U.S. relations with Iran have been fraught for decades, but under the Trump Administration tensions are rising to startling levels. Medea Benjamin, one of the best-known 21st century activists, offers the incredible history of how a probable alliance became a bitter antagonism in this accessible and fascinating story.
In 1979, the Iranian Revolution brought a full-scale theocracy to the 80 million inhabitants of the Middle East's second largest country, with. The rule of the ayatollahs opened the door to Islamic fundamentalism. In the decades since, bitter relations have persisted between the U.S. and Iran. Yet how is it that Iran has become the primary target of American antagonism over nations like Saudi Arabia, whose appalling human rights violations fail to depose it as one of America's closest allies in the Middle East?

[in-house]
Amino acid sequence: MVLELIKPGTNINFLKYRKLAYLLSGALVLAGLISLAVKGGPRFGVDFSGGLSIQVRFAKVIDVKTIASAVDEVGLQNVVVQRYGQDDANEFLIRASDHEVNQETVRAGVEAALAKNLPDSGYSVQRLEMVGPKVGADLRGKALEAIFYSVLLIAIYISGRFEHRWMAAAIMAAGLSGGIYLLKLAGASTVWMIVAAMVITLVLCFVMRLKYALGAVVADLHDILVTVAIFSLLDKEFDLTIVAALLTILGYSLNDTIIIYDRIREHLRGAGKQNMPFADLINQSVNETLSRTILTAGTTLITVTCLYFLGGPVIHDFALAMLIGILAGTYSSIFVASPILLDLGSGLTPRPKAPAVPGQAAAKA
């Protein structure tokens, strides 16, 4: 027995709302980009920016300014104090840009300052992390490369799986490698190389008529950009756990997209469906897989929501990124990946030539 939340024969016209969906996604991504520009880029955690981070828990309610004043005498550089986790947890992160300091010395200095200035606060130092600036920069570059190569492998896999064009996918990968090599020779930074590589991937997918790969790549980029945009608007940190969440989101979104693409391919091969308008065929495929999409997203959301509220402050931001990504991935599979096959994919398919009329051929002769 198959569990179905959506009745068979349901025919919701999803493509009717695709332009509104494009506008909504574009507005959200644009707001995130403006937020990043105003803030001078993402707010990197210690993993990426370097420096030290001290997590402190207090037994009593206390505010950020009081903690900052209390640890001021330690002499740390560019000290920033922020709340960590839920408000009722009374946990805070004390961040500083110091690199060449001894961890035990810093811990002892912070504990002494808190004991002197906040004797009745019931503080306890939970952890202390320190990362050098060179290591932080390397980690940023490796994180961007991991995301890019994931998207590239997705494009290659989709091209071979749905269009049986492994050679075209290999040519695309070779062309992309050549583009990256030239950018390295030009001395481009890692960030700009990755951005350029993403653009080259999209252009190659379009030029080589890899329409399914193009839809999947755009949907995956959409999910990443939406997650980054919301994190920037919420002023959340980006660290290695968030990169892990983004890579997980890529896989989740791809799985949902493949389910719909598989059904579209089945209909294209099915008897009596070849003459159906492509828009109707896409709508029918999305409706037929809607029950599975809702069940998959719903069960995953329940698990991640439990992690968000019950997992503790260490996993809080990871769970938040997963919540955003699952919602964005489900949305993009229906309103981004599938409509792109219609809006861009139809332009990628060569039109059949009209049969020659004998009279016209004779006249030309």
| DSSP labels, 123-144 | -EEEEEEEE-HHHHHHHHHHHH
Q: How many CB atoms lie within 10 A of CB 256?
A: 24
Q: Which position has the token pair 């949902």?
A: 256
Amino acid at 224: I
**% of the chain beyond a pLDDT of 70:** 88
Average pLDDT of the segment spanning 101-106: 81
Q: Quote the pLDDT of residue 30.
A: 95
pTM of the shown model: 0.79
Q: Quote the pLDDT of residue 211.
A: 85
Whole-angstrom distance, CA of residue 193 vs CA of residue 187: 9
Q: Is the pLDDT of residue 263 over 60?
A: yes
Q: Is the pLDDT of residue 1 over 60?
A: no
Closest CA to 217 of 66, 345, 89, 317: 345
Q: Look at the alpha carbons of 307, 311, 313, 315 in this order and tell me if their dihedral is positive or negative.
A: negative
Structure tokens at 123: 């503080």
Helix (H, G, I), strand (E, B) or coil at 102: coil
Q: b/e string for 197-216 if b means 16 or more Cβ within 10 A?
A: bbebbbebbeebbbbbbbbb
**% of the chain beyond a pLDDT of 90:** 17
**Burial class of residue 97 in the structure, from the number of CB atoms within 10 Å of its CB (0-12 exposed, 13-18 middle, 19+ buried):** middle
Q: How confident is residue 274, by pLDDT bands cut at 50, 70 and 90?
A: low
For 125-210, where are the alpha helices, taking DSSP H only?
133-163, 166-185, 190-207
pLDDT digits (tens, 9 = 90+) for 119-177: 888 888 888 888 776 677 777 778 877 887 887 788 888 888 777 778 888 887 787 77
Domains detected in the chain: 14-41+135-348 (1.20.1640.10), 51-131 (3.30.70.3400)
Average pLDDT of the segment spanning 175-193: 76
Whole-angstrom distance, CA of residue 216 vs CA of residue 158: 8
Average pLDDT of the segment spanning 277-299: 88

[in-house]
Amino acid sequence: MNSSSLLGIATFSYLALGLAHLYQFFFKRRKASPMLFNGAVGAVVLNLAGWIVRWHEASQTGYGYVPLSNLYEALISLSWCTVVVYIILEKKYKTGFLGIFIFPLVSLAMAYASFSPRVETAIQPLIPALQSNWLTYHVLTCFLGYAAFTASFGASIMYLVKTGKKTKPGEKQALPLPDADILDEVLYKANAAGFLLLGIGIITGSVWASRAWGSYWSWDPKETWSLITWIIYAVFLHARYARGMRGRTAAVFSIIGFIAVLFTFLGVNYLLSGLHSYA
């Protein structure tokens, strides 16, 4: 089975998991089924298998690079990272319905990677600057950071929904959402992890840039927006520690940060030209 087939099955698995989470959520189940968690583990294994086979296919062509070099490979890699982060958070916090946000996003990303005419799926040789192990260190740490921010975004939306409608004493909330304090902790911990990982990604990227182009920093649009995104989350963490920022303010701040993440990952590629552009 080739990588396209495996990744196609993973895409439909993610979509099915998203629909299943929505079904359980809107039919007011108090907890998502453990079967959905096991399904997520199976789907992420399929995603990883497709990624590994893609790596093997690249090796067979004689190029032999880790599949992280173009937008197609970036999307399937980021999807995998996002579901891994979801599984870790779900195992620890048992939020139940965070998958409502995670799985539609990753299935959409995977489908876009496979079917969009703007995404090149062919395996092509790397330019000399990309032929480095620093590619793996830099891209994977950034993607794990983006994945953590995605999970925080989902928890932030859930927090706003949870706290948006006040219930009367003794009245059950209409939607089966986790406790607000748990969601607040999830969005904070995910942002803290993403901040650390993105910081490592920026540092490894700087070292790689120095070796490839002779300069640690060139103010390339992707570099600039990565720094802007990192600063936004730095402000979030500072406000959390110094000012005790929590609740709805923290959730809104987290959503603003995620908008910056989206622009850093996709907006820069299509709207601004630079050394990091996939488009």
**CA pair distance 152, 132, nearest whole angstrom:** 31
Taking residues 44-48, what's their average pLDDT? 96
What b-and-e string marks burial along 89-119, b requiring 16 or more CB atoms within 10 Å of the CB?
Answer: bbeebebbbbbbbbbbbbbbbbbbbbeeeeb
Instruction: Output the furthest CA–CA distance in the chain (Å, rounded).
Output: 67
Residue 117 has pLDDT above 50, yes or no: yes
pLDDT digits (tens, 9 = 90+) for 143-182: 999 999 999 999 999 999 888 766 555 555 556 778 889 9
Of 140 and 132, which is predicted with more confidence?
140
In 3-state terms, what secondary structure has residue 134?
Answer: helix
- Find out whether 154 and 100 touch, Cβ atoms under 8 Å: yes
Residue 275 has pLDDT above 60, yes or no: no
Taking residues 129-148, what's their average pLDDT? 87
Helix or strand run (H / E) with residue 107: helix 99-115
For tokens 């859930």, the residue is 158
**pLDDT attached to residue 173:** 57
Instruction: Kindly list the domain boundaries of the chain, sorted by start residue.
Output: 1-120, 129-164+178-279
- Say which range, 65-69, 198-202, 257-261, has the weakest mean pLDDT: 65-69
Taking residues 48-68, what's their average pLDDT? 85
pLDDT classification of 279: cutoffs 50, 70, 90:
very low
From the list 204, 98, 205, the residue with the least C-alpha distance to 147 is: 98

In the first general-audience book on the subject, Medea Benjamin elucidates the mystery behind this complex relationship, recounting the country's history from the pre-colonial period to its emergence as the one nation Democrats and Republicans alike can unite in denouncing. Benjamin has traveled several times to Iran, and uses her firsthand experiences with politicians, activists, and everyday citizens to provide a deeper understanding of the complexities of Iranian society. Tackling common misconceptions about Iran's system of government, its religiosity, and its citizens' way of life, Benjamin makes short work of the inflammatory rhetoric surrounding U.S.-Iranian relations, and presents a realistic and hopeful case for the two nations' future.